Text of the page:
The town of Arad is not important in the sense of great Bible events, but it does give a sense for the lives of common people during the time of Israel's monarchy. The ruins of a small temple from Hezekiah's time are significant in understanding the nature of the great Temple in Jerusalem.

Arad stands in southern Israel, in a portion of the Negev Desert that receives very little rainfall. The wilderness area was the land of the shepherd. As far back as 3,000 BC, a large Canaanite city stood at Arad. This city probably existed when Abraham and his family lived in Beersheba, a nearby desert region.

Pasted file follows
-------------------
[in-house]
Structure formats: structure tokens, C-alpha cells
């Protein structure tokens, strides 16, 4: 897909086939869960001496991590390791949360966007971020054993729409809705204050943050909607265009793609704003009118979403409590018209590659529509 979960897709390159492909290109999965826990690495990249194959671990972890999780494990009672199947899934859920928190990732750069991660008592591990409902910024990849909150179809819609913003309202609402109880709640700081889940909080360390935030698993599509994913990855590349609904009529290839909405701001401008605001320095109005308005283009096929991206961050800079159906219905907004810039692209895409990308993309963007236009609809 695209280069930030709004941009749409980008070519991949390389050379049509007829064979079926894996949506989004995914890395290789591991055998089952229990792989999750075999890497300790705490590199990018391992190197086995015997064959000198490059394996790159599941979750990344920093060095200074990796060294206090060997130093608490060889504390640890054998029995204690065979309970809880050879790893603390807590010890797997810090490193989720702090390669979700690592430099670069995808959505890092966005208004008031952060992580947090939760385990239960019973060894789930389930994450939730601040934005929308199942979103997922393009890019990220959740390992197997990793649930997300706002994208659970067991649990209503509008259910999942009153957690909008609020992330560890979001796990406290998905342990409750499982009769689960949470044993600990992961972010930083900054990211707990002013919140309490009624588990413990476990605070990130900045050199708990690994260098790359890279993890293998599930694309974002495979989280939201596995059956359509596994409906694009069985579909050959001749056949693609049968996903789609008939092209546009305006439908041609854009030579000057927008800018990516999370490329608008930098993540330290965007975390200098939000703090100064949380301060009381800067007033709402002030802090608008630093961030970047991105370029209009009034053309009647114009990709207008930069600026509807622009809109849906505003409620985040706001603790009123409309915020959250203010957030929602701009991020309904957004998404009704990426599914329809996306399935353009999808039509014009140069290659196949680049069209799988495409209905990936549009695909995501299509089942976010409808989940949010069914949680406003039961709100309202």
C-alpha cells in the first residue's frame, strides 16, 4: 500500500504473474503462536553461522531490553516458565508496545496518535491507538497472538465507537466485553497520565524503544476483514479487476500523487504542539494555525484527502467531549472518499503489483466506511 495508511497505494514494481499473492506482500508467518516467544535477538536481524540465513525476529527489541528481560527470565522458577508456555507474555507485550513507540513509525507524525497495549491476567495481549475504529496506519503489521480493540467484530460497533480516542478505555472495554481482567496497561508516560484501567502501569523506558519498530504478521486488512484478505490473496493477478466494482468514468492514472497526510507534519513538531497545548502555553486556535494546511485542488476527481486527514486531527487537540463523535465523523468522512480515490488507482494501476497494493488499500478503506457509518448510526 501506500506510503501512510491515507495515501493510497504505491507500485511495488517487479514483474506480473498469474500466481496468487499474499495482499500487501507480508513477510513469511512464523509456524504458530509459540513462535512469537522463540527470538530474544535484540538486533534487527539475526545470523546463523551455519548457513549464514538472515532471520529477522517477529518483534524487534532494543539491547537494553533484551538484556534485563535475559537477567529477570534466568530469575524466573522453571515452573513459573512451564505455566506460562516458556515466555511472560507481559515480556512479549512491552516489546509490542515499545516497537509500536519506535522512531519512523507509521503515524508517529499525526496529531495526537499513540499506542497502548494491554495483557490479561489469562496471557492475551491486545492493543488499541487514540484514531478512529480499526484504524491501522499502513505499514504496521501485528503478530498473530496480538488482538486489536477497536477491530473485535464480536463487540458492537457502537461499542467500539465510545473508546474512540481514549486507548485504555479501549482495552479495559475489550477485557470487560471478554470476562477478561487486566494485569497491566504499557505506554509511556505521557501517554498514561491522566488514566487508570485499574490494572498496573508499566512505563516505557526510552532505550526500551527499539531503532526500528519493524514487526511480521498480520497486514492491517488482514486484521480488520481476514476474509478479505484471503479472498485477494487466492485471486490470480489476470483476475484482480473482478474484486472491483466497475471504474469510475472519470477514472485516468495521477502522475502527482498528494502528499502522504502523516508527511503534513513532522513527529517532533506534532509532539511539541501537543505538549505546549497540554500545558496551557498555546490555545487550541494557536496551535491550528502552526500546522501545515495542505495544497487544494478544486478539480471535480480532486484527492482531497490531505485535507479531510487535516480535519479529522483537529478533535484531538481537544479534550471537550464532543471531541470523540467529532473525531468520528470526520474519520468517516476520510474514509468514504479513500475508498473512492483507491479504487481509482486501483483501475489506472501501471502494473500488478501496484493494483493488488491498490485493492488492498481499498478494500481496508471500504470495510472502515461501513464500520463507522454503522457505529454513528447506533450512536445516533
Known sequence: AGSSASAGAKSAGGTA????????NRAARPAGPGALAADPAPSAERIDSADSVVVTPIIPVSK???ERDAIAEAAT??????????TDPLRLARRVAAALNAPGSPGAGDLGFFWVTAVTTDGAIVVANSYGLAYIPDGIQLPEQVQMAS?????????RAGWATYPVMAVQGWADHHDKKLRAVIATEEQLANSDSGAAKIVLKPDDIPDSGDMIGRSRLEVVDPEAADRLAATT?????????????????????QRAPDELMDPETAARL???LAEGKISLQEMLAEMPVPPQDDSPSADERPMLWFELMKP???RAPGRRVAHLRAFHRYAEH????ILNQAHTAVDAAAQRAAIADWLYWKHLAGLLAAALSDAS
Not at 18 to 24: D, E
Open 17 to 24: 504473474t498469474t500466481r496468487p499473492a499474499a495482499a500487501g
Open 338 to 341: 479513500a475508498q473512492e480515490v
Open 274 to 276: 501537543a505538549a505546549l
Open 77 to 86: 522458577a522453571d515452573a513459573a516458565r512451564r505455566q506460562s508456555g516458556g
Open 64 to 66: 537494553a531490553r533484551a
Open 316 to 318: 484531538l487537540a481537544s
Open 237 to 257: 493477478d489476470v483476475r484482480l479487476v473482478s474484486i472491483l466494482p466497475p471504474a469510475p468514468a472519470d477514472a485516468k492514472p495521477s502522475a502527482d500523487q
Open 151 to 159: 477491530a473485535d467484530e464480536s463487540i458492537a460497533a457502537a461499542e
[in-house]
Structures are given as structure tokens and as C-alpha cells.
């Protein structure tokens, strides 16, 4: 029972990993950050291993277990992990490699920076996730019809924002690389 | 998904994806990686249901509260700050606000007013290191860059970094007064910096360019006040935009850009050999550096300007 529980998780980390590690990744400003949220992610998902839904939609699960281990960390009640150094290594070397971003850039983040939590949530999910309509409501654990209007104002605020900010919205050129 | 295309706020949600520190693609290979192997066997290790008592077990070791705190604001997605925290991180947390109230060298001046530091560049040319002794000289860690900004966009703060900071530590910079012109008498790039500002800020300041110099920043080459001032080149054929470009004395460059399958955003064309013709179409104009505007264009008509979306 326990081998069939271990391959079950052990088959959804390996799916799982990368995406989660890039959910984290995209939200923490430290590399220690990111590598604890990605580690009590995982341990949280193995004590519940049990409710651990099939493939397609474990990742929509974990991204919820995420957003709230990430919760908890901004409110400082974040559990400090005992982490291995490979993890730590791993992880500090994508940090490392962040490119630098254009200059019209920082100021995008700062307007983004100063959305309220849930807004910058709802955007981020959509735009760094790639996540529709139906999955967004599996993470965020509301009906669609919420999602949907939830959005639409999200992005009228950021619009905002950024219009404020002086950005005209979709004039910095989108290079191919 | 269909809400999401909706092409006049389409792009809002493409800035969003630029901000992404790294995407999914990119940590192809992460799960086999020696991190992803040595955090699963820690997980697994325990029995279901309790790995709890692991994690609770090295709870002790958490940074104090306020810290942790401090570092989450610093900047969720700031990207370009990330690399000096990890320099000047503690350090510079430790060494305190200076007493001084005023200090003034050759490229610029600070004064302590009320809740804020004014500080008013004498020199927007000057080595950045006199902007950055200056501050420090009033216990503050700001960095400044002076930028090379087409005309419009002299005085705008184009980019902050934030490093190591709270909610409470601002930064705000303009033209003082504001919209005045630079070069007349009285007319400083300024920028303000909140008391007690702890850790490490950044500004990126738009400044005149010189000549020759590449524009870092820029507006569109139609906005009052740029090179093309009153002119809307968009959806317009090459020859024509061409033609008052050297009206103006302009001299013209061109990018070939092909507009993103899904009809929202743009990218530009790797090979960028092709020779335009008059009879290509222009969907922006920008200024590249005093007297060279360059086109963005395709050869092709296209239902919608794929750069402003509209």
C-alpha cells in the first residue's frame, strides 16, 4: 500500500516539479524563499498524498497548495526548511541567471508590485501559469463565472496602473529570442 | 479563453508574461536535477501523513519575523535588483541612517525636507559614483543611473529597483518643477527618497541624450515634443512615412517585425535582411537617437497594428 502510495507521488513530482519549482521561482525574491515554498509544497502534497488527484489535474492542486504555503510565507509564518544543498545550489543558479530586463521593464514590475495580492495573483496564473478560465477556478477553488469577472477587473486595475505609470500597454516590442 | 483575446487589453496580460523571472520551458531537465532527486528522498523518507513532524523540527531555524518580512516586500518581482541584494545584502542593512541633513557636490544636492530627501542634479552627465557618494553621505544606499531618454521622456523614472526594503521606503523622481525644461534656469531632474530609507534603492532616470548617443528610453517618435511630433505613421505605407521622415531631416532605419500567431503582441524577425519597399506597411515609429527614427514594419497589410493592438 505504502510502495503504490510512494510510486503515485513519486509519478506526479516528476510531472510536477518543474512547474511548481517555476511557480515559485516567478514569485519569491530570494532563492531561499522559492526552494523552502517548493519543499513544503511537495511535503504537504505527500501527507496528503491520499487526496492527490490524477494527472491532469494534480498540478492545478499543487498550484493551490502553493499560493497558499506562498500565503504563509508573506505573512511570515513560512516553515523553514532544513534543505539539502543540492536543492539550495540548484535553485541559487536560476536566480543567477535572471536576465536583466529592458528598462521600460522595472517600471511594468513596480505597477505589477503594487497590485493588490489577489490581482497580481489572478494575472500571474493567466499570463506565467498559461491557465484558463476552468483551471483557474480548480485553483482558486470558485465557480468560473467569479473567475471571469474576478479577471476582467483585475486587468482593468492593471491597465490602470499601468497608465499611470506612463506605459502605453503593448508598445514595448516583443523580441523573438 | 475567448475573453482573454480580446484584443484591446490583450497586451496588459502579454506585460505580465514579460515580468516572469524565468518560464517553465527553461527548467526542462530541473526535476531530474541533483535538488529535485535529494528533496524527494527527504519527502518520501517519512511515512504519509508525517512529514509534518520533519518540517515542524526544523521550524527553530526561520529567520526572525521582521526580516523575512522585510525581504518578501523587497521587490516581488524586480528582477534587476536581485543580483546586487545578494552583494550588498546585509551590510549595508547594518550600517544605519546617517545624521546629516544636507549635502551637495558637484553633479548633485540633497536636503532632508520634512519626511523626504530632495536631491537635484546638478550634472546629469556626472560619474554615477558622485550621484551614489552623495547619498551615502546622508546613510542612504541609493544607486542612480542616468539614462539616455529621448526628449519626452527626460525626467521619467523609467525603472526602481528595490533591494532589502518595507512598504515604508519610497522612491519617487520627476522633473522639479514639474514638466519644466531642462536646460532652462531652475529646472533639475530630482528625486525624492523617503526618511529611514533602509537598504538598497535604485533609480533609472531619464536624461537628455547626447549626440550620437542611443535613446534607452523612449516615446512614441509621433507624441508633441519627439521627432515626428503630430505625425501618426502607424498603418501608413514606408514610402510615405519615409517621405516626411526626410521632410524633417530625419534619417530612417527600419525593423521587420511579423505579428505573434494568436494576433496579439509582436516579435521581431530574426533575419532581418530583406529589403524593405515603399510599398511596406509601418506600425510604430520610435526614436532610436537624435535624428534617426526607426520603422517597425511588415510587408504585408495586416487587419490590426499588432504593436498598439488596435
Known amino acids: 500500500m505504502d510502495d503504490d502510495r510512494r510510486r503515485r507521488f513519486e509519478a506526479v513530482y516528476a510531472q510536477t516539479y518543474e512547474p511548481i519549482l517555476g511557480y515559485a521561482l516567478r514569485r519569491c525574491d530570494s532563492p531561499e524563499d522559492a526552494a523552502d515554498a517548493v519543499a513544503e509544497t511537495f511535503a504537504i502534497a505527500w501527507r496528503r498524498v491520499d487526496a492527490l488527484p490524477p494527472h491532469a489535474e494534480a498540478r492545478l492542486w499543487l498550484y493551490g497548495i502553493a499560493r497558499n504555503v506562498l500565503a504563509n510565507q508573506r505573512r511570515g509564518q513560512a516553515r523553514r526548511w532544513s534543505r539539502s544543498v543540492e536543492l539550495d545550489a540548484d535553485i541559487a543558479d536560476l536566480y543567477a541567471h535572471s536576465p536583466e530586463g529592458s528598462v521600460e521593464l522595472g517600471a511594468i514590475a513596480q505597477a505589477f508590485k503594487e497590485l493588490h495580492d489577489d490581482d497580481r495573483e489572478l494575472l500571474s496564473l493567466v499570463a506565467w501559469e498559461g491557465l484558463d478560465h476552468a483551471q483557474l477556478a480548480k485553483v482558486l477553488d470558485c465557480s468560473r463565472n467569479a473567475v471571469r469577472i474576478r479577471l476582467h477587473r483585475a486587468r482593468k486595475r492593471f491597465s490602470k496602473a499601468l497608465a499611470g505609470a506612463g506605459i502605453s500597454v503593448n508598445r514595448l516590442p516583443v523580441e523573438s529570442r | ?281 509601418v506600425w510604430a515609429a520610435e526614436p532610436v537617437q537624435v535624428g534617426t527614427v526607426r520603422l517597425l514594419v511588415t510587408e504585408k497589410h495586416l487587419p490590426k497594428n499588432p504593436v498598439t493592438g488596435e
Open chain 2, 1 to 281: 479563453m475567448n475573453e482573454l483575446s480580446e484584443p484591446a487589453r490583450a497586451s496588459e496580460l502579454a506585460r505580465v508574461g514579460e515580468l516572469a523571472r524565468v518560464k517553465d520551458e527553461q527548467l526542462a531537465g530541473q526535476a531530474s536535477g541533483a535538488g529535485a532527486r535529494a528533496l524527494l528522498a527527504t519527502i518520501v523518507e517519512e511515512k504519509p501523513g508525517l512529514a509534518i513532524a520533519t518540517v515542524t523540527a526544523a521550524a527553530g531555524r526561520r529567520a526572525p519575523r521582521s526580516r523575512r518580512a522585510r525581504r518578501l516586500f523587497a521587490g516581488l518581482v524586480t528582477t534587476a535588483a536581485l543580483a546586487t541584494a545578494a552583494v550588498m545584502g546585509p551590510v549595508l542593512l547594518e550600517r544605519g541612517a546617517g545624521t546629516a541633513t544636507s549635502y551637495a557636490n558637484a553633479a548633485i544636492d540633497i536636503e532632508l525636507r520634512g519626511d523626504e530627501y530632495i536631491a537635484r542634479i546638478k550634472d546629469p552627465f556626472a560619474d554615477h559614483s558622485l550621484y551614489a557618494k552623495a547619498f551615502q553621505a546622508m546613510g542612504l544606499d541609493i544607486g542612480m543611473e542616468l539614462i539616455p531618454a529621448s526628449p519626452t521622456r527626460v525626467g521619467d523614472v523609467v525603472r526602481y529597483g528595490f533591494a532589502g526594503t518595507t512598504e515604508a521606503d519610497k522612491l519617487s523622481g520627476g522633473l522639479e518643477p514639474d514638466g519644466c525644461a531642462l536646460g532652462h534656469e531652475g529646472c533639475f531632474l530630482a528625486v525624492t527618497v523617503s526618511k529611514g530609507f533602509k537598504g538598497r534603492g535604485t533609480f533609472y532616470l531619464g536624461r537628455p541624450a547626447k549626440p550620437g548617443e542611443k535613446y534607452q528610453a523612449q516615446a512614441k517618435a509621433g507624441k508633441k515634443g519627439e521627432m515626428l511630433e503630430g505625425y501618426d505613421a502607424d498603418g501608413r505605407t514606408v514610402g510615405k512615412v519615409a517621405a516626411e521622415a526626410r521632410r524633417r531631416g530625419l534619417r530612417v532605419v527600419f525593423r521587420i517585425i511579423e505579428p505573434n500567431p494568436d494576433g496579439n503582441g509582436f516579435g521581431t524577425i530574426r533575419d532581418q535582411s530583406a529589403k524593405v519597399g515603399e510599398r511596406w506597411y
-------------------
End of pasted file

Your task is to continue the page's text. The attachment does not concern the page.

Arad was eventually destroyed, possibly by Joshua, and then rebuilt and fortified as part of Israel's southern flank. Today, the ruins of this fortress city stand next to the Canaanite city ruins below.

During King Hezekiah's reign, Arad was told to destroy their temple. In an effort to end pagan worship, Hezekiah ordered the destruction of all high places except for Jerusalem's temple, regardless of whether they were built to honor God or Baal (2 Kings 18:22).

The devout worshipers at Arad did not want to tear their temple down or use if for everyday purposes. Instead, they covered it with earth. Discovered thousands of years later, the remains of this temple are a treasure for biblical archaeologists.